This special issue aims to provide a comprehensive review of the emerging domain of ICT- enhanced research methods in educational research. It seeks contributions in the following broad categories: 1) methodological papers (e.g., learning analytics, collaborative video analysis, digital ethnography); 2) applied case studies of frontier e-research project; 3) conceptual explorations of eResearch implications. Guest editors:

The National Academies Press has published a noteworthy report that could inspire those who think about neurons, networks and neighbourhoods

“From Neurons to Neighborhoods: An Update: Workshop Summary" is based on the original study "From Neurons to Neighborhoods: Early Childhood Development", which was released in October of 2000. Available from The National Academies Press at http://www.nap.edu/catalog.php?record_id=13119

I think STL's research contributes to building the “Network” which can connect “Neurons” and “Neighbourhoods” and which is currently missing.


A few selected quotes

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On September 19th the STL network present a CoCo-CHAI-LATTE seminar by Professor David Lowe titled "Remote Laboratories: logistical enhancement of pedagogic innovation?"

Lowe.jpgLaboratory experimentation is a central element of learning across the SET disciplines, but has seen little innovation in either use of technology or the underlying pedagogy. The convergence of ubiquitous networking and increasingly rich instrumentation and transducers provides an opportunity for significant innovation with regard to remote access to physical laboratory apparatus. This seminar will discuss the opportunities this creates. Operationally, students have greater flexibility and institutions have the opportunity to share access to a richer pool of apparatus. Pedagogically, there are opportunities to enrich the laboratory experience through aspects such as embedding the laboratory into real-world contexts, augmenting the experience with additional information, and providing richer control over the nature of the experimentation.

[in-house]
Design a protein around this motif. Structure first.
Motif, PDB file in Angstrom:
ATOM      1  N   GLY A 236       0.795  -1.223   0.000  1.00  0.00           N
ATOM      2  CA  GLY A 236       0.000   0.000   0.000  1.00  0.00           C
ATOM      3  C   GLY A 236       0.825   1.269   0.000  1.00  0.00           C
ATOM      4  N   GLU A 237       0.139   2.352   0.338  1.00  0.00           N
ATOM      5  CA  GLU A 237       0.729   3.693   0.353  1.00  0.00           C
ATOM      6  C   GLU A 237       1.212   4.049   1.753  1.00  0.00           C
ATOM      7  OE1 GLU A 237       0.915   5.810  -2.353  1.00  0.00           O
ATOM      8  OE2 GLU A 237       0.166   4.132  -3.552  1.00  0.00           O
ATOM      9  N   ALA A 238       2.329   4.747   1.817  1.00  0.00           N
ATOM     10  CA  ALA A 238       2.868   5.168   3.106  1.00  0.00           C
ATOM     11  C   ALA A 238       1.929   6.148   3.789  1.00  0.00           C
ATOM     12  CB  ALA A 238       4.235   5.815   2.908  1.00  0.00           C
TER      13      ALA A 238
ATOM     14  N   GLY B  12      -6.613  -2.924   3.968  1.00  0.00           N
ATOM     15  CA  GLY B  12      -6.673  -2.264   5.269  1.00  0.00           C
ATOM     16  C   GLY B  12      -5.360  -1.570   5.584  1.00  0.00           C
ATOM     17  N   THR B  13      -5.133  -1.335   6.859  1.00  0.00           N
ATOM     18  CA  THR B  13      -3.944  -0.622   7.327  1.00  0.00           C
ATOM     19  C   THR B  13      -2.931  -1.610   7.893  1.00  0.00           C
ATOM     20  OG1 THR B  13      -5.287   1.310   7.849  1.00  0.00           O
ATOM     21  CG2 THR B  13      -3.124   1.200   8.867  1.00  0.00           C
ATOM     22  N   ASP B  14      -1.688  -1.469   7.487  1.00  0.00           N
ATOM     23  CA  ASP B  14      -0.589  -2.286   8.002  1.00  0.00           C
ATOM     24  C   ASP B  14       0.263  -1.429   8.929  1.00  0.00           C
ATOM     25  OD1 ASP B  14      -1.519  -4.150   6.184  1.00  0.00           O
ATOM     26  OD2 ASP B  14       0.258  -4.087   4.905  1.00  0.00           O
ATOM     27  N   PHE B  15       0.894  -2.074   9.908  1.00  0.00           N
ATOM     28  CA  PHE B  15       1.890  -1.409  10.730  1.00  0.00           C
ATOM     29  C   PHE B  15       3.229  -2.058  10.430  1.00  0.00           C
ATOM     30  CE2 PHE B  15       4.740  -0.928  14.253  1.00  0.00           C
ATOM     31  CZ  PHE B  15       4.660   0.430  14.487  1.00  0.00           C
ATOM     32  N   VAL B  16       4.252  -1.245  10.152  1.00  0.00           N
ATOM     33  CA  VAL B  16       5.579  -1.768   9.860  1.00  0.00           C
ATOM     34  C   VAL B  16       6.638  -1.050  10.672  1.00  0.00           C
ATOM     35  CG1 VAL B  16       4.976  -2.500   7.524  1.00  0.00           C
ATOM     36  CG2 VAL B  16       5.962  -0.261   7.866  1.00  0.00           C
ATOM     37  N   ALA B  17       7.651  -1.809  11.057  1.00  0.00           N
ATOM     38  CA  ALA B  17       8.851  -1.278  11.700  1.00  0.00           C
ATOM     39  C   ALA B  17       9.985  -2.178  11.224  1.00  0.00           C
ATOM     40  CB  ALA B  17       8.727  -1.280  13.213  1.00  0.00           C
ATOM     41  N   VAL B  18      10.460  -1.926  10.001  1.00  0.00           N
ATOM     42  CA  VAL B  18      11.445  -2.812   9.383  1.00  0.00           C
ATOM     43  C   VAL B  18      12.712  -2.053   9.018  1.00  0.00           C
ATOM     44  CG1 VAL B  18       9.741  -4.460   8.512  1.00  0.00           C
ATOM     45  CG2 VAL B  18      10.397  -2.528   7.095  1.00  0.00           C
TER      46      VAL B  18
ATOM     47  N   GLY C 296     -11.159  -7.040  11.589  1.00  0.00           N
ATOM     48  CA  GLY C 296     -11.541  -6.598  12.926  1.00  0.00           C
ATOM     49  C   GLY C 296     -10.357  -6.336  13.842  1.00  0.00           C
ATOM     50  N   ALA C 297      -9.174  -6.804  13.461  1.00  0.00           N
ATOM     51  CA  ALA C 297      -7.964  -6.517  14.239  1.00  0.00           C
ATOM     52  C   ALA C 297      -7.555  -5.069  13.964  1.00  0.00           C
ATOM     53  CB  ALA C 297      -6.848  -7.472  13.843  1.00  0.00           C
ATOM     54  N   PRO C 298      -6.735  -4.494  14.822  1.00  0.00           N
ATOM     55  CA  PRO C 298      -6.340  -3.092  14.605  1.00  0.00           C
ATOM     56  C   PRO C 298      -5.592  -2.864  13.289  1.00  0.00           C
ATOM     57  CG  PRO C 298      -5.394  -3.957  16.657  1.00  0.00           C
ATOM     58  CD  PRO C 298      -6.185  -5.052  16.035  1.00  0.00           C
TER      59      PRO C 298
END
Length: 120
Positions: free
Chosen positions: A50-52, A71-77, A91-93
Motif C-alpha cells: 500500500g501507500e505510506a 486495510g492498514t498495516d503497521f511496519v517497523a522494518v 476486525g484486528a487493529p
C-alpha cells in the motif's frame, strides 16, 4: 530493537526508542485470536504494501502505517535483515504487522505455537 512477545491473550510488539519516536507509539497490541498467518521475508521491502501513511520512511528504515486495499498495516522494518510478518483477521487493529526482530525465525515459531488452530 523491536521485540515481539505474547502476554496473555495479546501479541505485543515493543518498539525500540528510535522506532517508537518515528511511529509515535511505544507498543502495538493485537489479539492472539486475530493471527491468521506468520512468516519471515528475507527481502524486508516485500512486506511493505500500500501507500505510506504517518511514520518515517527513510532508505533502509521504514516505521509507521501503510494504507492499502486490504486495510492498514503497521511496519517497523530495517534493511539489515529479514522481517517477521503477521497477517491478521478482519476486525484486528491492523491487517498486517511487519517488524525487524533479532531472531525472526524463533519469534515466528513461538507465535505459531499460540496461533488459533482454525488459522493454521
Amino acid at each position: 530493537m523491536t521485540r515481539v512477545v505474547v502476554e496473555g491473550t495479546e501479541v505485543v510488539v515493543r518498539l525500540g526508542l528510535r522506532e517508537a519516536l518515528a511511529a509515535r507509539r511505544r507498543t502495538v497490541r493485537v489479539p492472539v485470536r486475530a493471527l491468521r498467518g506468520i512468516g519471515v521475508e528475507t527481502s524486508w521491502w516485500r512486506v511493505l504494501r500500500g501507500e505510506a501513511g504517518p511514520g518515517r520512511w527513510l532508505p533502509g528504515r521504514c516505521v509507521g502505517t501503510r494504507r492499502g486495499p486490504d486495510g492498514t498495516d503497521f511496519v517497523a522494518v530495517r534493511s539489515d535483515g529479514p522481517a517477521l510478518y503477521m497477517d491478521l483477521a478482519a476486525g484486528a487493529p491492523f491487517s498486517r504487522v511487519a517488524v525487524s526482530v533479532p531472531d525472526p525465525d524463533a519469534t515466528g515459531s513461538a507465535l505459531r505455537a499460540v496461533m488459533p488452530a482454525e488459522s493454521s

A number of research projects will be described ranging from adaptive personalised lab quides, though augmented reality interfaces, into contextualisation in virtual worlds.

  • When:11.00am - 12.00pm
  • Where: Room 124, School of Information Technologies, Building J12
  • This seminar will be available live online.

Professor David Lowe is Associate Dean (Education) and Professor of Software Engineering in the Faculty of Engineering and IT at the University of Sydney. He is also the CEO of The LabShare Institute, a not-for-profit organisation focused on sharing of teaching laboratory infrastructure through the use of remote access technologies.

For more information see the full seminar listing on the University of Sydney events' calendar.

OECD has published quite interesting report based on an international survey of teacher practices: Teaching Practices and Pedagogical Innovations Evidence from TALIS

Summary
"Fortunately, teaching practices help shape the learning experiences and increase motivation and achievement for students. In addition, it has been revealed that when teachers collaborate well together they also tend to work better with students. This new informative publication clearly identifies and arranges profiles in relation to two connected areas of professional teacher practices: classroom teaching practices and participation in professional learning communities."


Some highlights from findings about Australia

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Exploring Mars with roving robotics may become a virtual reality for remote and rural students as part of a program underpinning the National Broadband Network (NBN)-Enabled Education and Skills Services Program, announced yesterday by the Department of Education, Employment and Workplace Relations (DEEWR).

Congratulations to Professor Salah Sukkarieh, the Australian Centre for Field Robotics's Director of Research and Innovation.